Roman Collyweston

Historically we all know about some of Collyweston's History what with the Palace and the link to Kings and Slating, but recently I discovered the Time Team episode that was filmed not far from Collyweston at Bedford Purlieus woods and it got me thinking....

 

If Romans were as close as Thornhaugh to Collyweston then is there any chance that we may have more Roman activity closer to Collyweston….or even in Collyweston?

This started an investigation to see if Collyweston had any trace of Roman history.

 

During this investigiation I will try to explain my findings starting with a brief overview of pre Roman life in Britain before looking at how Romans arrived into our area.

I will attempt to explain the Roman activity found in the Collyweston area and provide some context as to where the Collyweston area fitted into Roman activity through the Roman period of occupation.

 

Finally we will find out how Roman influence in Collyweston ended.

 

How and when the Romans arrived to our area?

Before the Roman invasion of Britain lets just set the scene of what life was like. Britain today was referred to by the Romans as Britannia. 

Britannia was made up of a series of regional Iron Age tribes. The local tribe covering our area was the Catuvellauni. Their area of control covered Lincoln in the North to St Albans in the South. The catuvellauni capital was St Albans. 

 

These Iron age tribes were often in a state of war with each other. The division and subsequent conquering of Britain was made easier because of the regional factions and tribes.

 

Claudius appointed Plautius to lead his invasion of Britannia in 43, in support of Verica, king of the Atrebates and an ally of Rome, who had been deposed by his eastern neighbours, the Catuvellauni. The army was composed of four legions: IX Hispana, then in Pannonia; II Augusta; XIV Gemina; and XX Valeria Victrix, plus about 20,000 auxiliary troops, including Thracians and Batavians. Legio II Augusta was commanded by the future emperor Vespasian. Three other men of appropriate rank to command legions are known to have been involved in the invasion: Vespasian's brother, Titus Flavius Sabinus, and Gnaeus Hosidius Geta appear in Dio Cassius's account of the invasion; Gnaeus Sentius Saturninus is mentioned by Eutropius, although as a former consul he may have been too senior, and perhaps accompanied Claudius later.

 

 

 

 

 

 

 

 

 

 

 

 

 

 

 

 

 

 

On the beaches of northern Gaul Plautius faced a mutiny by his troops, who were reluctant to cross the Ocean and fight beyond the limits of the known world. They were persuaded after Claudius's freedman and secretary Narcissus addressed them. Seeing a former slave in place of their commander, they cried "Io Saturnalia!" (Saturnalia being a Roman festival in which social roles were reversed for the day) and the mutiny was over.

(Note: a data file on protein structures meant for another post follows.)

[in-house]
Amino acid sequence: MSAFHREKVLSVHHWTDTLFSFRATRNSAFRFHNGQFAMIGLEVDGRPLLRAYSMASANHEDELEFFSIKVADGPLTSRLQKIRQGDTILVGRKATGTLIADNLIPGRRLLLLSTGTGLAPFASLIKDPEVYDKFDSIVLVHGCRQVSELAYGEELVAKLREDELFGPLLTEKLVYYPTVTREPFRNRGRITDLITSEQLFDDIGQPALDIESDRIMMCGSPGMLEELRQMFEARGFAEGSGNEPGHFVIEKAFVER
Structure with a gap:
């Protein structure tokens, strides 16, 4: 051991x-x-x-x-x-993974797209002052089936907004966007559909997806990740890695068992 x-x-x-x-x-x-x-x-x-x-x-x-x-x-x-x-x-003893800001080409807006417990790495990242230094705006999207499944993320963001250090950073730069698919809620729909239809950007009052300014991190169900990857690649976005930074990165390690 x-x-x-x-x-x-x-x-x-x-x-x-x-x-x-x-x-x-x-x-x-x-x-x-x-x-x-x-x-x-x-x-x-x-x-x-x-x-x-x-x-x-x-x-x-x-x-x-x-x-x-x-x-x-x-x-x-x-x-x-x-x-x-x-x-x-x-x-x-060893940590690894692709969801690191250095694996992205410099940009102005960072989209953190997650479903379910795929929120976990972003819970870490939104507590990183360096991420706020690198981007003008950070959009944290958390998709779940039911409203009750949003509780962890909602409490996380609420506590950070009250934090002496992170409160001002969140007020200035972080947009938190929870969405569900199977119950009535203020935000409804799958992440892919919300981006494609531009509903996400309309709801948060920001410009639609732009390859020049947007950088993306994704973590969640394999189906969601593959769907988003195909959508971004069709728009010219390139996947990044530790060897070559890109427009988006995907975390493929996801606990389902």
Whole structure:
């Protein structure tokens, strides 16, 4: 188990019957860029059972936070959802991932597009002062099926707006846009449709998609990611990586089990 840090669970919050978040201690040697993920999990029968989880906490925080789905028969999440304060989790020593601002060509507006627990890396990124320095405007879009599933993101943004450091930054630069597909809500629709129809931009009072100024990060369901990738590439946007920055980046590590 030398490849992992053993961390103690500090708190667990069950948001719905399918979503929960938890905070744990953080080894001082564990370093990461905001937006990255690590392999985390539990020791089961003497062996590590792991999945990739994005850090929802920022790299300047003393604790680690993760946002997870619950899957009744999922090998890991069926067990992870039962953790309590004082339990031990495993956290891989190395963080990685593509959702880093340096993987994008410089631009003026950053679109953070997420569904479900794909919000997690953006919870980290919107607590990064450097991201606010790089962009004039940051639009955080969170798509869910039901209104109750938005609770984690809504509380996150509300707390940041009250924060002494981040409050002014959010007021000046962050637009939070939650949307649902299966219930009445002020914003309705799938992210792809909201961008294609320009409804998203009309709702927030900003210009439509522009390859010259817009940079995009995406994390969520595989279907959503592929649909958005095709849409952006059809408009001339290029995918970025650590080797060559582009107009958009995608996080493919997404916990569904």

The invasion force sailed in three divisions, and is generally believed to have landed at Richborough in Kent, although parts may have landed elsewhere (see Site of the Claudian invasion of Britain). The Britons, led by Togodumnus and Caratacus of the Catuvellauni, were reluctant to fight a pitched battle, relying instead on guerrilla tactics. However, Plautius defeated first Caratacus, then Togodumnus, on the rivers Medway and Thames. Togodumnus died shortly afterwards, although Caratacus survived and continued to be a thorn in the invaders' side.

 

Having reached the Thames, Plautius halted and sent for Claudius, who arrived with elephants and heavy artillery and completed the march on the Catuvellaunian capital, Camulodunum (Colchester). A Roman province was established in the conquered territory, and alliances made with nations outside direct Roman control. Plautius became governor of the new province, until 47 when he was replaced by Publius Ostorius Scapula.[4] On his return to Rome and civil life, Plautius was granted an ovation, during which the emperor himself walked by his side to and from the Capitol.[5]

 

Between 43 and 47AD the Romans under the command of Plautius took control of cambridgshire, northamptonshire and lincolnshire. They fortified ground won with garrison defences as they expanded north. Two major garrison towns in our area were established at Durobrivaue and Great Casterton.

 

 

 

 

 

 

 

 

 

 

 

Durobrivae was a Roman fortified garrison town located at Water Newton in the English county of Cambridgeshire, where Ermine Street crossed the River Nene. More generally, it was in the territory of the Corieltauvi in a region of villas and commercial potteries. The name is a Latinisation of Celtic (or more accurately Brythonic) *Durobrīwās, meaning essentially "fort (by the) bridges".[1]

 

During the Iron Age Britain was divided into distinct tribal areas. The area lay between the Catuvellauni to the south and the Corieltauvi to the north, with the Iceni to the east. The origin of Durobrivae is said to have been as a vicus attached to a "pre-Flavian" fort, established about half a kilometre to the east of modern Water Newton, between the Claudian invasion of 43 AD, and the beginning of the reign of Vespasian in 69 AD.[2] Its first historical mention is in the Antonine Itinerary of the late 2nd century.[3] Archaeology of the Roman period shows that Durobrivae was then the production centre for a fine tableware known as Nene Valley Colour Coated Ware, from the 2nd century to the 4th.[2] In Anglo-Saxon times, local settlement came to centre on Medeshamstede, now known as Peterborough.